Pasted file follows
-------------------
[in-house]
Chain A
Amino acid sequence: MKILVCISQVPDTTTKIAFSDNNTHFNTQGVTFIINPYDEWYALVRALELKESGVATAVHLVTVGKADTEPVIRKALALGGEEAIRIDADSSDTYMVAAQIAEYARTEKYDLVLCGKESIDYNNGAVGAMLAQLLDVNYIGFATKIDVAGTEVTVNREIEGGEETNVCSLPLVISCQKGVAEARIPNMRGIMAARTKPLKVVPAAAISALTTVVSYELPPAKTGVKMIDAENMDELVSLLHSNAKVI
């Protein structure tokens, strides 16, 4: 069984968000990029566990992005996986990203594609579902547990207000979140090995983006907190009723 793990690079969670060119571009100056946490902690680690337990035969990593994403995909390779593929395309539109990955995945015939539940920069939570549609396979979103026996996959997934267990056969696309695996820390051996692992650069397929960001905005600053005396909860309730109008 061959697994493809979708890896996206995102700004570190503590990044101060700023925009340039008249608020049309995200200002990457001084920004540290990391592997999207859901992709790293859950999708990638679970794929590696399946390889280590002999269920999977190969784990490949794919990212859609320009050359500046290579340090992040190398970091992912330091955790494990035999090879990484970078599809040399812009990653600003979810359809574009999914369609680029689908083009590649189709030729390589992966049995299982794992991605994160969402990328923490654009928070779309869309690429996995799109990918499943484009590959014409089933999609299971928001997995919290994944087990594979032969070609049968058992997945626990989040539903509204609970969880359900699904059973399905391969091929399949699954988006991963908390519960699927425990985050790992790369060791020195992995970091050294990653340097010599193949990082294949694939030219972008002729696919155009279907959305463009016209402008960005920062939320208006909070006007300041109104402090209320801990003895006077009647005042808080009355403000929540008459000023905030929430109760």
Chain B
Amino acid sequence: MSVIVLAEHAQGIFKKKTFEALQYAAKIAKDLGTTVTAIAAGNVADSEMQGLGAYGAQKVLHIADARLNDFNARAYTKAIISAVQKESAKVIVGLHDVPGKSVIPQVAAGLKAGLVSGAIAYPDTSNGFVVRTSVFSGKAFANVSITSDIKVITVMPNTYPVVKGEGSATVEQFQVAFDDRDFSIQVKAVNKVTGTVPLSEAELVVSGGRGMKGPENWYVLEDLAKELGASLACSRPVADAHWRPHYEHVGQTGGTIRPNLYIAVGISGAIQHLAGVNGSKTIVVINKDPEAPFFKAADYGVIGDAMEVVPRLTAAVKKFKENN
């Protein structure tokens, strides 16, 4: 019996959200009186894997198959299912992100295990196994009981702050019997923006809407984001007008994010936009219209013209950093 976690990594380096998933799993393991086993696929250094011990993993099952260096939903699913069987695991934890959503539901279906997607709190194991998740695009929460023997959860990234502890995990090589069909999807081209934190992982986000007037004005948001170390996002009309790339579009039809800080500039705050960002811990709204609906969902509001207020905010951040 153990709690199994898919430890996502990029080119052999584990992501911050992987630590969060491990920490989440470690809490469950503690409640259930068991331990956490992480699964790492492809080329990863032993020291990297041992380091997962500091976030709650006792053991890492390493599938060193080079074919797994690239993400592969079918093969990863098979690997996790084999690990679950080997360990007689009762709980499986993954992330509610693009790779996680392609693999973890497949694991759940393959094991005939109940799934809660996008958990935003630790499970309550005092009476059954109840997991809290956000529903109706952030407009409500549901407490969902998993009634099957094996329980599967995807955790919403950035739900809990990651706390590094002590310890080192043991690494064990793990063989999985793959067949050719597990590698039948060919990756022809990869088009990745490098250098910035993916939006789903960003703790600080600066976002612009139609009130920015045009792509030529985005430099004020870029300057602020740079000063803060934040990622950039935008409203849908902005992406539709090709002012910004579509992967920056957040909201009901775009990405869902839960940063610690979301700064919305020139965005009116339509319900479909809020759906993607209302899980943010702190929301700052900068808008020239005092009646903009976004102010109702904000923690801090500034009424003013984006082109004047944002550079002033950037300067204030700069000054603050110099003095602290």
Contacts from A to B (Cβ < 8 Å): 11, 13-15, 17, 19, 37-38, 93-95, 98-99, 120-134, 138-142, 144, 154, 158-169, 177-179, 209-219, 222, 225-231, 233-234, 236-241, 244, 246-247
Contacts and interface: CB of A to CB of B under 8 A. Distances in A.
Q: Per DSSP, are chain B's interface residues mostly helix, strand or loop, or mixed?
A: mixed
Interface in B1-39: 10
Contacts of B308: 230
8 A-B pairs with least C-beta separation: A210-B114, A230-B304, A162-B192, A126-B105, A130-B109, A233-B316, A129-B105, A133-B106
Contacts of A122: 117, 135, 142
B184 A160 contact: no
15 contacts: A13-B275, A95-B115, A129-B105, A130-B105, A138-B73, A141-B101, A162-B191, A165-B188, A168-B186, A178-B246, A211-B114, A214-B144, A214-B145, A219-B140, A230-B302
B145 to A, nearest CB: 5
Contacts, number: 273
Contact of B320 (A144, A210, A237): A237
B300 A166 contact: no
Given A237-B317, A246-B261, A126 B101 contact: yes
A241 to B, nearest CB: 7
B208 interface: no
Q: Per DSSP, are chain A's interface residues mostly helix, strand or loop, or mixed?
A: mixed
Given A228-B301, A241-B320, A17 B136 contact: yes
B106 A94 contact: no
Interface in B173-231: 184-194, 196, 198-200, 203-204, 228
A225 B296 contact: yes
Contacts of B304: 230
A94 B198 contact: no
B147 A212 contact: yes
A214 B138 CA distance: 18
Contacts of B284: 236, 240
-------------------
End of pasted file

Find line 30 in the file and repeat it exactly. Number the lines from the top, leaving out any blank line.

A225 B296 contact: yes